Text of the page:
As of the census[18] of 2000, there were 13,801 people, 4,795 households, and 3,842 families residing in the town. The population density was 737.8 inhabitants per square mile (284.9/km2). There were 4,868 housing units at an average density of 260.2 per square mile (100.5/km2). The racial makeup of the town was 96.7% White, 0.9% African American, 0.9% Native American, 1.2% Asian, 0.3% from other races, and 0.8% from two or more races. Hispanic or Latino of any race were 1.4% of the population. Ancestries of Holliston residents are reported to be Irish (29.4%), Italian (18.3%), English (17.8%), German (9.7%), French (5.6%), and Polish (5.6%).

There were 4,795 households, out of which 44.2% had children under the age of 18 living with them, 70.2% were married couples living together, 7.5% had a female householder with no husband present, and 19.9% were non-families. Of all households, 16.4% were made up of individuals, and 6.0% had someone living alone who was 65 years of age or older. The average household size was 2.87 and the average family size was 3.25.

In the town, the population was spread out, with 30.0% under the age of 18, 4.8% from 18 to 24, 29.4% from 25 to 44, 26.9% from 45 to 64, and 8.9% who were 65 years of age or older. The median age was 38.2 years. For every 100 females, there were 96.3 males. For every 100 females age 18 and over, there were 91.8 males.

In 2000, the median income for a household in the town was $78,092, and the median income for a family was $84,878. Males had a median income of $48,473 versus $36,405 for females. The per capita income for the town was $32,116. As of the census of 2000, about 1.5% of families and 2.4% of the population were below the poverty line, including 2.9% of those under age 18 and 9.5% of those age 65 or over.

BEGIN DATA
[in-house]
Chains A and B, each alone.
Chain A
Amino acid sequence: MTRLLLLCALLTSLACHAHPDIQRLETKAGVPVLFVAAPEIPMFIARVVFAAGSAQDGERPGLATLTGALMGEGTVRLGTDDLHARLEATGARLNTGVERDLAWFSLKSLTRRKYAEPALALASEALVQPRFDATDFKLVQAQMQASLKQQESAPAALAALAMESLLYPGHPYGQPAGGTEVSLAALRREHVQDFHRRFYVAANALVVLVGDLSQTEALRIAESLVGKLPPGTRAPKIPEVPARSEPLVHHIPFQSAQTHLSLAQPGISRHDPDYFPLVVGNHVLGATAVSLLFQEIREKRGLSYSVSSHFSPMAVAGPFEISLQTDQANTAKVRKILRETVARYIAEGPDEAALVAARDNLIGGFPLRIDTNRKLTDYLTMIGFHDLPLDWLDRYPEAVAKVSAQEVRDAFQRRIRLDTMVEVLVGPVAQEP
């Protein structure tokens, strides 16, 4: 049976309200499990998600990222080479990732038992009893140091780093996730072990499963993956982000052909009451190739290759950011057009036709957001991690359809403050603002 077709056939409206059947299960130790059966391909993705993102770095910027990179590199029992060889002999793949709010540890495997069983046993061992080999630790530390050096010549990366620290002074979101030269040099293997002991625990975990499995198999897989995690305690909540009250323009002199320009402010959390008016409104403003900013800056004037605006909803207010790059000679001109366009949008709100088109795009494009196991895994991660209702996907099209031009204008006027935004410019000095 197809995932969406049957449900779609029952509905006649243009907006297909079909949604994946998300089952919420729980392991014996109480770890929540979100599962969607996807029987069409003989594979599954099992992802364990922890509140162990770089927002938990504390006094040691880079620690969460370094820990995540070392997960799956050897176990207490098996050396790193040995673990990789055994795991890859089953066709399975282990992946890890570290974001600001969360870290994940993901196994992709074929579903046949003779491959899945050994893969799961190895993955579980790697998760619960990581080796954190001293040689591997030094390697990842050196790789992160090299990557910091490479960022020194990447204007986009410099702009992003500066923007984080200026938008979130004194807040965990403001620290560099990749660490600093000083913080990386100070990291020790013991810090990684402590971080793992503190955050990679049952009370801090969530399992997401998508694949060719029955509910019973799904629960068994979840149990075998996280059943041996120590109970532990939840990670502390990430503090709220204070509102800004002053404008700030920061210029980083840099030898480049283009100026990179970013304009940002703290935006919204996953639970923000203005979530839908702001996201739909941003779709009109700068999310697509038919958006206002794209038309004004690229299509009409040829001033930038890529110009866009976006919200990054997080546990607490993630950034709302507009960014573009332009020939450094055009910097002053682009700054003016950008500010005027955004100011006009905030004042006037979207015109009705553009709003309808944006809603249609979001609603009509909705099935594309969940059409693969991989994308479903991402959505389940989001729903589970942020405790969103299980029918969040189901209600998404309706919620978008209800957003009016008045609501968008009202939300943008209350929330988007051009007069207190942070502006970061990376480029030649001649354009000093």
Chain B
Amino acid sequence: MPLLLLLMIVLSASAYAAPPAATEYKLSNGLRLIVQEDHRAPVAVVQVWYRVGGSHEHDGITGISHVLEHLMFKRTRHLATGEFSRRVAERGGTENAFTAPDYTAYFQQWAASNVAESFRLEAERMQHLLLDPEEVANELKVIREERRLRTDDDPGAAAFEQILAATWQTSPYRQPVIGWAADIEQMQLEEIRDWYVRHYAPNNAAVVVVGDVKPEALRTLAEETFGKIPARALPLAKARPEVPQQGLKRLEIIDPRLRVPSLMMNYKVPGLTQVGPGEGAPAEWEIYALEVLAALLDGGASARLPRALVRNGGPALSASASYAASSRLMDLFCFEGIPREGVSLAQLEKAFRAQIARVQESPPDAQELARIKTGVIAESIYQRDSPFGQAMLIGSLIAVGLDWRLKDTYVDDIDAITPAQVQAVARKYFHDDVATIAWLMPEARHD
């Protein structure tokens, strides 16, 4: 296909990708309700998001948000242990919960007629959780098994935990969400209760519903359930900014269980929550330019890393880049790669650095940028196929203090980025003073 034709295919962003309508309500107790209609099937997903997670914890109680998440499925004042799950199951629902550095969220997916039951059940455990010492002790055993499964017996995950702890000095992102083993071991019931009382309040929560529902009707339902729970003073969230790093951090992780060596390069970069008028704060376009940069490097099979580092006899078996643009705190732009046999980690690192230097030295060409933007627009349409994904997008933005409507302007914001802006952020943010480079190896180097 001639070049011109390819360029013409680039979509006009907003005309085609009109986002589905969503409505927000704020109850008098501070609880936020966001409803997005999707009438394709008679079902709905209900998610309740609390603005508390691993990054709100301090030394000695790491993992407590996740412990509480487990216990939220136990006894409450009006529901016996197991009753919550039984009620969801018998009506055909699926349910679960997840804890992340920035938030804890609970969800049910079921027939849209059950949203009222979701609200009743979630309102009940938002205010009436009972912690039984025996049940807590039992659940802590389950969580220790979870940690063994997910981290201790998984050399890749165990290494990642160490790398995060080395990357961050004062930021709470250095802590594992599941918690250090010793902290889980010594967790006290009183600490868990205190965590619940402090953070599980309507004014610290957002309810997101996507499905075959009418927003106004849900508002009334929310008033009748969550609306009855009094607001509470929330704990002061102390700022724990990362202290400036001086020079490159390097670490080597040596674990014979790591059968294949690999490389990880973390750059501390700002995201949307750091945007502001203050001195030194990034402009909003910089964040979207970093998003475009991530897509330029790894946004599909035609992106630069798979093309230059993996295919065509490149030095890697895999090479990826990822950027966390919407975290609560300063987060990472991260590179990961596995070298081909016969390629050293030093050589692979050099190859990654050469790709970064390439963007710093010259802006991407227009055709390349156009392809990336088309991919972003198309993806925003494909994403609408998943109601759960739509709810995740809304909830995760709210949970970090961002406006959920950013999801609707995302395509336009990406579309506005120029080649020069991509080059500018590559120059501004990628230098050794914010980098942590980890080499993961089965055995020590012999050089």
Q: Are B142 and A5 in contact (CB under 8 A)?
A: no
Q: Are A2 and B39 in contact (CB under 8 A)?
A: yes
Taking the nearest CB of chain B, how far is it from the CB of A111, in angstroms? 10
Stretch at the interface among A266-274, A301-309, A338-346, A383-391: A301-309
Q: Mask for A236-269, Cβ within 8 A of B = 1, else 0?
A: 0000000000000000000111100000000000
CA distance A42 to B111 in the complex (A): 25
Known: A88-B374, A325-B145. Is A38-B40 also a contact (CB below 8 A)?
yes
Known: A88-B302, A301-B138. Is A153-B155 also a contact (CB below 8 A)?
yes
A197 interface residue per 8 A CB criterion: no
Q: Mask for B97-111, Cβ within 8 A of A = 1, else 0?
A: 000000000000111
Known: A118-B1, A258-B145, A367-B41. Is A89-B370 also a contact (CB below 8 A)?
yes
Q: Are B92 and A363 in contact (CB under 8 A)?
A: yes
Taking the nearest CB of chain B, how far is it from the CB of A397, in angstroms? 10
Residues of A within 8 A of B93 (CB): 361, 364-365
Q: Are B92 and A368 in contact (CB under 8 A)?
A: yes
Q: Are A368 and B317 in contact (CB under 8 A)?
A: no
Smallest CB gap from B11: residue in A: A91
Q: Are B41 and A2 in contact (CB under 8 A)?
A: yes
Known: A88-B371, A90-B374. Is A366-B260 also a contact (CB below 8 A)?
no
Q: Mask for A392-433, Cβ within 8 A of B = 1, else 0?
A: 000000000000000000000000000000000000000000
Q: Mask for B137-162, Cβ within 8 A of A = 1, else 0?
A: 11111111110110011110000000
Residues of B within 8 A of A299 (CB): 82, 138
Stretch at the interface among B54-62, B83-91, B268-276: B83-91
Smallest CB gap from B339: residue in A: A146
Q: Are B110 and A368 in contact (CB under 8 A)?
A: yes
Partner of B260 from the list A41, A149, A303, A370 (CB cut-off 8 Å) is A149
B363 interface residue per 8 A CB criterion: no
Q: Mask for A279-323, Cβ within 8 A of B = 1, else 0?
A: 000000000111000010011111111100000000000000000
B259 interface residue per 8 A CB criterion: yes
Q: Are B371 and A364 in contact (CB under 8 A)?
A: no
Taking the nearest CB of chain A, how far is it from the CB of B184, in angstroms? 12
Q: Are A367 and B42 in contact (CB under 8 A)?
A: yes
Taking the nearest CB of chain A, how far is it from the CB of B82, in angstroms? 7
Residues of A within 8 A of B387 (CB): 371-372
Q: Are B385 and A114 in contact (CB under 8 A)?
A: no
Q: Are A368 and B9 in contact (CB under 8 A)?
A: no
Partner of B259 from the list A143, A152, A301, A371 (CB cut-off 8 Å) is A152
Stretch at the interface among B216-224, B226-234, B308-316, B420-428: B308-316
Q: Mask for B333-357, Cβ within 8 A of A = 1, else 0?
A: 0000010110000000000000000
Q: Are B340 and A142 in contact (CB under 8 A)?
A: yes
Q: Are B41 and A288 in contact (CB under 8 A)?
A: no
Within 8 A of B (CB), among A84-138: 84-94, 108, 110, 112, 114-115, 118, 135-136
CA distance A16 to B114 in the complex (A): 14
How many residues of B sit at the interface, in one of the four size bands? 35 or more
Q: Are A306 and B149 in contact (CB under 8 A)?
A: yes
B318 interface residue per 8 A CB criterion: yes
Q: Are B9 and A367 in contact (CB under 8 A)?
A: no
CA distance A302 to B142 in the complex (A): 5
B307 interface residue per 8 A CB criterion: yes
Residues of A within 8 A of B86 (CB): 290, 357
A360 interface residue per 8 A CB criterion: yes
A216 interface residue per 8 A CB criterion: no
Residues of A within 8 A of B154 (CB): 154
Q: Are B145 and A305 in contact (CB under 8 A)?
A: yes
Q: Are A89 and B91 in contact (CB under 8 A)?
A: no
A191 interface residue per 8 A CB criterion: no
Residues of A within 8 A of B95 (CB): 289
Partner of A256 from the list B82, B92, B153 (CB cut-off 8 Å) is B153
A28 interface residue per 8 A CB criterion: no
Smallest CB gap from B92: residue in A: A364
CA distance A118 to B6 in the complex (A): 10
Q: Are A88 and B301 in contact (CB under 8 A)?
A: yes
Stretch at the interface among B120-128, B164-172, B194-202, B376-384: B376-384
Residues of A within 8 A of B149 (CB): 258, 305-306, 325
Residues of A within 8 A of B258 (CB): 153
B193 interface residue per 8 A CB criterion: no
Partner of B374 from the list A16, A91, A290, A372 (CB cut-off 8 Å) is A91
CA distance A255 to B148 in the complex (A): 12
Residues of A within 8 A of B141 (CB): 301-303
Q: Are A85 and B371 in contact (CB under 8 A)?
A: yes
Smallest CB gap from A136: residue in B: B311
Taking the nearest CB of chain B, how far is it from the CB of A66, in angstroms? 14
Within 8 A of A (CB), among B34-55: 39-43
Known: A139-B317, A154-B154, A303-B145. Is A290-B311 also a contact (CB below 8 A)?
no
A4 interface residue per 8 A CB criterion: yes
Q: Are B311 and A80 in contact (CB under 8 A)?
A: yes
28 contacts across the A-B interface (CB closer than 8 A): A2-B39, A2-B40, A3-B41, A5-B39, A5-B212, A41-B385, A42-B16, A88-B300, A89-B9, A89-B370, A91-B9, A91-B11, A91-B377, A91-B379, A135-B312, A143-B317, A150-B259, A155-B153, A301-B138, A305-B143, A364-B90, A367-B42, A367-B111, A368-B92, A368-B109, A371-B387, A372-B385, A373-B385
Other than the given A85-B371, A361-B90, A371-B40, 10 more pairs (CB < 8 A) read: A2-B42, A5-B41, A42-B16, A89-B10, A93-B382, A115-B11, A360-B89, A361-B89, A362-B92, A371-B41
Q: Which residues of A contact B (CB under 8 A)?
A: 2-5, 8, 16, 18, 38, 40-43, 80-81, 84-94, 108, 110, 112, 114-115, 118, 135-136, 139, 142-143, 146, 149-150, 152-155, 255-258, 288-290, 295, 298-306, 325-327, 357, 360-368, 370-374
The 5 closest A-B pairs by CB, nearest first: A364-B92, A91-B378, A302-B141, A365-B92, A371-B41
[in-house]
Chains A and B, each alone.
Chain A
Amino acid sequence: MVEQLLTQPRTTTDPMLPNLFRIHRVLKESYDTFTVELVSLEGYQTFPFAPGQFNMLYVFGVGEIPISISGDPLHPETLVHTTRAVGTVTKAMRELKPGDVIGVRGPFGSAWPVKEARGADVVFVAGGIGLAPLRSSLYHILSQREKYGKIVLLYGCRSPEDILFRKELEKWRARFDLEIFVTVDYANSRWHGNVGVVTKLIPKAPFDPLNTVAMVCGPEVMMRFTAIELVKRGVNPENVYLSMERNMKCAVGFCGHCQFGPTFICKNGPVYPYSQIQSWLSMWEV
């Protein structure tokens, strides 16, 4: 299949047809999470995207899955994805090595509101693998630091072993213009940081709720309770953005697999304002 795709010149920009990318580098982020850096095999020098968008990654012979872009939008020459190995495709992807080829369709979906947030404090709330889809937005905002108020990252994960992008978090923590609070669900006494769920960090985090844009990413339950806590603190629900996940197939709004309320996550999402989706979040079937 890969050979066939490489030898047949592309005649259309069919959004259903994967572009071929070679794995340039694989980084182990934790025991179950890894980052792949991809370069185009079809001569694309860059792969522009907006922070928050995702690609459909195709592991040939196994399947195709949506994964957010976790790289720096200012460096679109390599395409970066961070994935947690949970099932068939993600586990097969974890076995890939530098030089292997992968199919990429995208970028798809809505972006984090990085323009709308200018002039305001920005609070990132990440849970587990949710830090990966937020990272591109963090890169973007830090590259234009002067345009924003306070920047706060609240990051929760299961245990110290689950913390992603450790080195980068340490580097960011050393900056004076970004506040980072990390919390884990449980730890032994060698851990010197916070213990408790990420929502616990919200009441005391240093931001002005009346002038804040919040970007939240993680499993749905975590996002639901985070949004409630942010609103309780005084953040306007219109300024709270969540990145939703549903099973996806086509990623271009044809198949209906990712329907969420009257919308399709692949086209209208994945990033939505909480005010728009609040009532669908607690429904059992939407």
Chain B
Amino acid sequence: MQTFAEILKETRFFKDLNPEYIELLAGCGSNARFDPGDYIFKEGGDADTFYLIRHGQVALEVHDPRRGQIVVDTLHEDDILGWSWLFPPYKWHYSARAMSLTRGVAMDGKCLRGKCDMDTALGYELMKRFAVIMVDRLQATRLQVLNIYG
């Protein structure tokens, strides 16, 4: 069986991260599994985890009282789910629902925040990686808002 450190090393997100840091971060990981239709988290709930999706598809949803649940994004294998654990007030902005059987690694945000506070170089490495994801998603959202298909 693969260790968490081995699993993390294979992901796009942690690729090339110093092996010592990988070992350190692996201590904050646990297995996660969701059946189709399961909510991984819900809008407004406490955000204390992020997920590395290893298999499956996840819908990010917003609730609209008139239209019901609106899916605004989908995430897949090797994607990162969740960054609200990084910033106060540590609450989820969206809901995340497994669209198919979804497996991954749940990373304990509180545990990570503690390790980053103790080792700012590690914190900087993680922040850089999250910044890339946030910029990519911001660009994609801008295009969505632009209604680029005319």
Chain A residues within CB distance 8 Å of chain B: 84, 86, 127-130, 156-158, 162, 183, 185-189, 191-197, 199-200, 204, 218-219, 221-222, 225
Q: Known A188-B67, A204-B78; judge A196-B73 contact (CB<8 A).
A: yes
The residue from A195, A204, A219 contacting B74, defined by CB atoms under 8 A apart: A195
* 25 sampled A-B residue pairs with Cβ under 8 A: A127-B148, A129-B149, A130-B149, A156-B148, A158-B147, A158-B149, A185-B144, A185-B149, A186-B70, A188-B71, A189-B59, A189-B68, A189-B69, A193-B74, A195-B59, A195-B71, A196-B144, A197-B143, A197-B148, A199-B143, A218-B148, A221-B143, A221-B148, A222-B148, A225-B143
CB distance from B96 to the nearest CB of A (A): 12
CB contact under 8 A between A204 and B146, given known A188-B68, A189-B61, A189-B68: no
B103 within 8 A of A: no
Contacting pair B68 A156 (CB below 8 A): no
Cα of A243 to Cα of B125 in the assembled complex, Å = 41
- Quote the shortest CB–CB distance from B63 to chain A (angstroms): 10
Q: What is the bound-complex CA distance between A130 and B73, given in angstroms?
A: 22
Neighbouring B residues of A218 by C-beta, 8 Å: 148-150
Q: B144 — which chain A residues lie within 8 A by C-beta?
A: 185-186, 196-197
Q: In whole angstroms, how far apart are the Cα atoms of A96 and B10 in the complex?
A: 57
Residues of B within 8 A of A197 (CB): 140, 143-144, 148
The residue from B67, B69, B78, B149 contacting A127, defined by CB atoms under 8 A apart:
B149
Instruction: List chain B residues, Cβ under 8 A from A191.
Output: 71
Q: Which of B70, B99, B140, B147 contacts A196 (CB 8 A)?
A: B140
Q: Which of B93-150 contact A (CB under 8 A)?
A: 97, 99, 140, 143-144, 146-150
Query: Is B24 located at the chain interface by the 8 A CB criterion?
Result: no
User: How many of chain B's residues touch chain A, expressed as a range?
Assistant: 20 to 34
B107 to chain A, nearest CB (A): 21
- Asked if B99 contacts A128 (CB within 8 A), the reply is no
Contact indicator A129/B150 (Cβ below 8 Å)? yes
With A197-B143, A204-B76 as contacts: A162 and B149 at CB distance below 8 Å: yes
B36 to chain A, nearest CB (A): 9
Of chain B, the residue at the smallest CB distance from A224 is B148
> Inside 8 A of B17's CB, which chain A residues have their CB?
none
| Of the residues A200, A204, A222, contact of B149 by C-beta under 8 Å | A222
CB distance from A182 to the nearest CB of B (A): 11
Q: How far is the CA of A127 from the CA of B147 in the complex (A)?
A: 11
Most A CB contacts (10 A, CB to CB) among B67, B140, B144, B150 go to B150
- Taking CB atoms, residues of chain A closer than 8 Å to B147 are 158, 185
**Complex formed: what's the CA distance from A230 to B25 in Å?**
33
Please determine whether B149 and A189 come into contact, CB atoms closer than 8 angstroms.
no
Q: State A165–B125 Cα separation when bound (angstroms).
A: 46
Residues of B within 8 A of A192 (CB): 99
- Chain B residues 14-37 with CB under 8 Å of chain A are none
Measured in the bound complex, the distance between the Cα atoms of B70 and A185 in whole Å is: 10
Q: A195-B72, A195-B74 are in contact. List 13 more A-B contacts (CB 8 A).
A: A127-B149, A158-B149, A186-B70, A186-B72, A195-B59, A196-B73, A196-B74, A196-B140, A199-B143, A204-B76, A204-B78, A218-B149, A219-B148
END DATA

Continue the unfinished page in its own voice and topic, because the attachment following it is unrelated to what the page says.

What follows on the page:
In 2009, 79% of Holliston residents age 25 and over held bachelor's degrees or higher and 35.8% held graduate or professional degrees.[19]


Holliston retains its original open town meeting form of government, in which registered voters act as the town's legislature. The town's day-to-day affairs are overseen by an elected Board of Selectmen with a Town Administrator.

County government: Middlesex County
Clerk of Courts: Michael A. Sullivan
District Attorney: Marian T. Ryan
Register of Deeds: Maria C. Curtatone
Register of Probate: Tara E. DeCristofaro
County Sheriff: Peter J. Koutoujian
State government
State Representative(s): James Arena-DeRosa (D)
State Senator(s): Karen E. Spilka (D)
Governor's Councilor(s): Robert L. Jubinville (D)
Federal government
U.S. Representative(s): James McGovern (D-2nd District)
U.S. Senators: Elizabeth Warren (D), Ed Markey (D)


Holliston High School athletic field

The Town of Holliston has a public school system which serves students from kindergarten through twelfth grade. Schools in the district include two elementary schools, a middle school and a high school. Public schools include: Sam Placentino Elementary School, Fred W. Miller Elementary School, Robert H. Adams Middle School, and Holliston High School.